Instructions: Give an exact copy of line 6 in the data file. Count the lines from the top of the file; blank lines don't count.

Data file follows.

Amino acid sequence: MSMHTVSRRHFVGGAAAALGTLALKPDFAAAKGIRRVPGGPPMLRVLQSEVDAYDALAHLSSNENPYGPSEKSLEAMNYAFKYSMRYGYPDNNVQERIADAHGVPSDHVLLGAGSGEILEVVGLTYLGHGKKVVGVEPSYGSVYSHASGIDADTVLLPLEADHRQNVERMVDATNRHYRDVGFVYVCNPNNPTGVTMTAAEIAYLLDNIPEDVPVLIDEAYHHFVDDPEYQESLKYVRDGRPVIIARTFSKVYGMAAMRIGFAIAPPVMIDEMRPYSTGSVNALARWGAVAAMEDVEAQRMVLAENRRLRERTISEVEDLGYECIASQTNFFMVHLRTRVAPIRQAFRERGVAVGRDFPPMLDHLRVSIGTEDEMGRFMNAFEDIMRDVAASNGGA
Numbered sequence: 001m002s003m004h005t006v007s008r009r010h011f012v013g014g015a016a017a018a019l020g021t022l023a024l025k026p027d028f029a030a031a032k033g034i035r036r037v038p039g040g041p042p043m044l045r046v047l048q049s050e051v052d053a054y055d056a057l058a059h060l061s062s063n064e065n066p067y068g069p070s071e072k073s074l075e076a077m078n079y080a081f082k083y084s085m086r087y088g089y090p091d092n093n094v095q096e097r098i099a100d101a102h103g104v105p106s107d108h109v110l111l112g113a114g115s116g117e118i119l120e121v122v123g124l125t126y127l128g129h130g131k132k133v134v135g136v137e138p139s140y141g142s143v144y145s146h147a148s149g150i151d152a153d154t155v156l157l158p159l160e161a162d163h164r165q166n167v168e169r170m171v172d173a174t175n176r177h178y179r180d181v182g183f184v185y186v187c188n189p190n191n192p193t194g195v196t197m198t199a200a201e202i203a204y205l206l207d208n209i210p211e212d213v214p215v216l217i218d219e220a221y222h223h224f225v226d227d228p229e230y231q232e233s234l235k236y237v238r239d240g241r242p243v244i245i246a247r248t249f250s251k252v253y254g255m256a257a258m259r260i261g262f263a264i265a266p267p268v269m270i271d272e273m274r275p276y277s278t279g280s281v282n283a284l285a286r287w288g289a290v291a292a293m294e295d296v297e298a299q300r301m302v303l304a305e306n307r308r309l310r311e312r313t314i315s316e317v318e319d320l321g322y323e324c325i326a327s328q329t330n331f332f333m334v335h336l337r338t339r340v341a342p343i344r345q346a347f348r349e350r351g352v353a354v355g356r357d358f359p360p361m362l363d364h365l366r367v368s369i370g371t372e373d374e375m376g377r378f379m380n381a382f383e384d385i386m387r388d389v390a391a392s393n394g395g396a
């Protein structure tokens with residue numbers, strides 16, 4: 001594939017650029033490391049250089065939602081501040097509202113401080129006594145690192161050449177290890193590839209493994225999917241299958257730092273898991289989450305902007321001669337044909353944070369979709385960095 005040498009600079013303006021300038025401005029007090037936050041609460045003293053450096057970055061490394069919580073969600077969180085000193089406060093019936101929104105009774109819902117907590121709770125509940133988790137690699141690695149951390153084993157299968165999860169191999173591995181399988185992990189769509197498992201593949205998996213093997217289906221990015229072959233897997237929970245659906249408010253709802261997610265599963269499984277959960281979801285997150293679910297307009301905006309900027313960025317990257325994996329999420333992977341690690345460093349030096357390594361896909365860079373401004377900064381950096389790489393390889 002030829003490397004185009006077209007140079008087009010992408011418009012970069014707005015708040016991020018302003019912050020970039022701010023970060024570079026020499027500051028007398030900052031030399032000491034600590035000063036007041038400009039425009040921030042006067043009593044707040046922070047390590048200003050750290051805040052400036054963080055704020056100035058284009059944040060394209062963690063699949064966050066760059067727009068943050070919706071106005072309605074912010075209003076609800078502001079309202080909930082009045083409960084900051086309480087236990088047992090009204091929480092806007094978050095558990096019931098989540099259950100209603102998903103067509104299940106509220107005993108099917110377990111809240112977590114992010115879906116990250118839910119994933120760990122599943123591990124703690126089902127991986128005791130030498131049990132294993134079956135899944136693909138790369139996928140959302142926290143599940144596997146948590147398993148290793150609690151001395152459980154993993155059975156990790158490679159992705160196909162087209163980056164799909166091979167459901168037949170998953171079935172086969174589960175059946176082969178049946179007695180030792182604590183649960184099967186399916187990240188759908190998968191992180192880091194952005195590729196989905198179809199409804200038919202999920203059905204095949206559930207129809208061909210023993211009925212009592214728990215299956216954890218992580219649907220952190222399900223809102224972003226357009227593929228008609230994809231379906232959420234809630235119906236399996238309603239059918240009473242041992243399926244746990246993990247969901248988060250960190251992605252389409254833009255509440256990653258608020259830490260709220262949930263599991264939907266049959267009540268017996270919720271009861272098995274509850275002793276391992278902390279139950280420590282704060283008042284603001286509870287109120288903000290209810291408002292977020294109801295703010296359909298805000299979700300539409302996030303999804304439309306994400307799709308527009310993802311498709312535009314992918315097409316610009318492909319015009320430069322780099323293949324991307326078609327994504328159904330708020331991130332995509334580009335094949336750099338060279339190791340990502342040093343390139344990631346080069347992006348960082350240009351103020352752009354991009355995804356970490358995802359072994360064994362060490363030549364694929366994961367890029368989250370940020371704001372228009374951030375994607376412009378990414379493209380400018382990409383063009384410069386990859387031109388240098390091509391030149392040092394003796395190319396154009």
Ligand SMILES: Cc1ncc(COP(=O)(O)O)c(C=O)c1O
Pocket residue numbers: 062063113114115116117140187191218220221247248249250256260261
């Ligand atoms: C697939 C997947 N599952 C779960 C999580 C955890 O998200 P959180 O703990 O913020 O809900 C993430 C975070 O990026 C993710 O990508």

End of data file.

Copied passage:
């Ligand atoms: C697939 C997947 N599952 C779960 C999580 C955890 O998200 P959180 O703990 O913020 O809900 C993430 C975070 O990026 C993710 O990508």